Lunar

One of the most maddening misconceptions of psychopathy is that we are unhinged lunatics waiting to slice up the first person we meet or that generally we are ready to lie and steal and assault and kill anyone at any moment.  For most psychopaths, this is simply not true.  We may have a different, and disturbing to some, mindset – but we are capable of keeping our destructive tendencies in check.  It just may be remarkably difficult at times, akin to the compulsive gambler resisting the urge to go to the casino.  We need not run free with our desires and it is insulting to hear over and over again that the only true psychopaths are those committing heinous crime on a daily basis.

No one wants to confront their own demons – they want to place their own state relative to a much more extreme group.  The neurotypical with a slight violent bent may excuse their actions as acceptable because they are not a psychopath.  The successful psychopath may do the same, placing unnecessary value on their own restraint since they are no Ted Bundy.  The problem is inherently the same.  There is a false equivalence between psychopathy and unhinged destruction.  There are members of every strata on this earth that have done heinous things.  However, we don’t generally think of most of these groups as being extremely dangerous as a whole because of the actions of a few.  With psychopathy, though, many are willing to make that leap.  Yes, we may have a higher incidence of violent and immoral action, but each individual must be evaluated for their own worth and restraint.  Most of us are not in prison.  Most of us are not violent monsters.  We just may have a proclivity to act selfishly and immorally, but once again – we are in control of our own actions.  It is not like the moon rose and we lost our collective sanity.

The flipside is that such false equivalences mean that many psychopaths are not treated with the respect and caution they deserve or merit.  I’ve had plenty of acquaintances dismiss my revelations when I’ve told them.  They see psychopathy as a constant state of bathing in blood. Since I am relatively non-violent, they chalk it up to something else even as I am trying to be honest with them regarding our relationship.  I may try to explain to them why I’m so callous and distant and utterly unable to empathize.  They’ll disrespect me by pushing my revelations aside.  They can’t move past their own conceptions of a psychopath and so I simply cannot be one even as I’ve gone through great pains to make sure my personality could not be explained by one or more other conditions.   At this point, if you are dismissing the words I say, you are dismissing my identity and self as well.  To that, I have cut out many since the diagnosis.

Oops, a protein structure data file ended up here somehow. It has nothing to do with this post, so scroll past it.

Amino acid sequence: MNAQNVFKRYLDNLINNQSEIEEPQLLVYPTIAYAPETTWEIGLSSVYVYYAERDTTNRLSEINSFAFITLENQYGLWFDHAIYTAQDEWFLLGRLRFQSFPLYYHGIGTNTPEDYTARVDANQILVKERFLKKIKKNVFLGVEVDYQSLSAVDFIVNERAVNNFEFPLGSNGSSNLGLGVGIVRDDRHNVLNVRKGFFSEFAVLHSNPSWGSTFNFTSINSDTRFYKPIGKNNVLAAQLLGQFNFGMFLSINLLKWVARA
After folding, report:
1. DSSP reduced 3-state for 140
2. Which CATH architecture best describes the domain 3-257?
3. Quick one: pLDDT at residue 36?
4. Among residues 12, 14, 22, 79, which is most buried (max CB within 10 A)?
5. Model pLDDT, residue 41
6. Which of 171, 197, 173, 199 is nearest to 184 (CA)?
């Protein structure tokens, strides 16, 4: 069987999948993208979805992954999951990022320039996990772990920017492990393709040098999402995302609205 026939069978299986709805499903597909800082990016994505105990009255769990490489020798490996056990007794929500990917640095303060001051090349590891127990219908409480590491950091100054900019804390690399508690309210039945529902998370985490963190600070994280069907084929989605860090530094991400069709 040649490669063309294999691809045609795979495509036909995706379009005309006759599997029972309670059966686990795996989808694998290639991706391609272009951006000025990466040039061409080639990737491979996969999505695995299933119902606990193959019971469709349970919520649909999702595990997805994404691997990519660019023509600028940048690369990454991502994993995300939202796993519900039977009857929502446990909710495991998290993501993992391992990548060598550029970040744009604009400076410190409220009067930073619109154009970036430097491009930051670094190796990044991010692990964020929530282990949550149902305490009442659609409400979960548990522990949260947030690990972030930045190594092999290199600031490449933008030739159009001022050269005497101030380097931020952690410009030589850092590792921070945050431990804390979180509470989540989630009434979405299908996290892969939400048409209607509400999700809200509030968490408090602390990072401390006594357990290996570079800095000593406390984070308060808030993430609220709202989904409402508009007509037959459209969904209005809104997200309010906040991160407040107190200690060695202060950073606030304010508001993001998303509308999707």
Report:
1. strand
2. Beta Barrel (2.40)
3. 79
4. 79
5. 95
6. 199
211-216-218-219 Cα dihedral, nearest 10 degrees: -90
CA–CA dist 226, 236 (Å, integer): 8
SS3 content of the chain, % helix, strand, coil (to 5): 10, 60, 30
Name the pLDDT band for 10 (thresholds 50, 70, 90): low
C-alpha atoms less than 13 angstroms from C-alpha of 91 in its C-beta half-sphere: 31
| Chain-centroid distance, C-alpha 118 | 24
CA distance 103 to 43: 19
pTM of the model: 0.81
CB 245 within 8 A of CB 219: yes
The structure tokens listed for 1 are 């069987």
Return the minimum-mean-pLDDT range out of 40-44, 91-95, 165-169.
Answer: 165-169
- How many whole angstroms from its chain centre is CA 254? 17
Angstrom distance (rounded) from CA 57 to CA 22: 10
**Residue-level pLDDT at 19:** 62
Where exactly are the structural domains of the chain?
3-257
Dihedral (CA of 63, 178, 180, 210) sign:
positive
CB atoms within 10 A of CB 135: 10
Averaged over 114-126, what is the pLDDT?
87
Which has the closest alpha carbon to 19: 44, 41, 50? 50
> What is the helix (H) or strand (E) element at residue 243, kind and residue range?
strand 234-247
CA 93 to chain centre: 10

I am no lunatic.  Most of us psychopaths are not crazed maniacs that feed off destruction and mayhem.  We see the world through different eyes and are highly self-centered.  Yes, we are capable of the immoral, but usually not to the extreme that others envision when they hear the word ‘psychopath’.  Give us some credit, we often try to keep our impulses in check as much as possible.  It is to our benefit to do so.  It is to your benefit that we do so.  Also, give us some respect.  Just because we don’t meet the absurdly high bar you set for what is and is not psychopathy does not mean that we are not such.  The lunatic does not know what she does.  The psychopath does. She just may not care.

Image used under the Creative Commons Attribution-Share Alike 3.0 Unported license.  Use of this image does not imply endorsement by the image author, Peter Freiman.

Recap - September 2013
Potential

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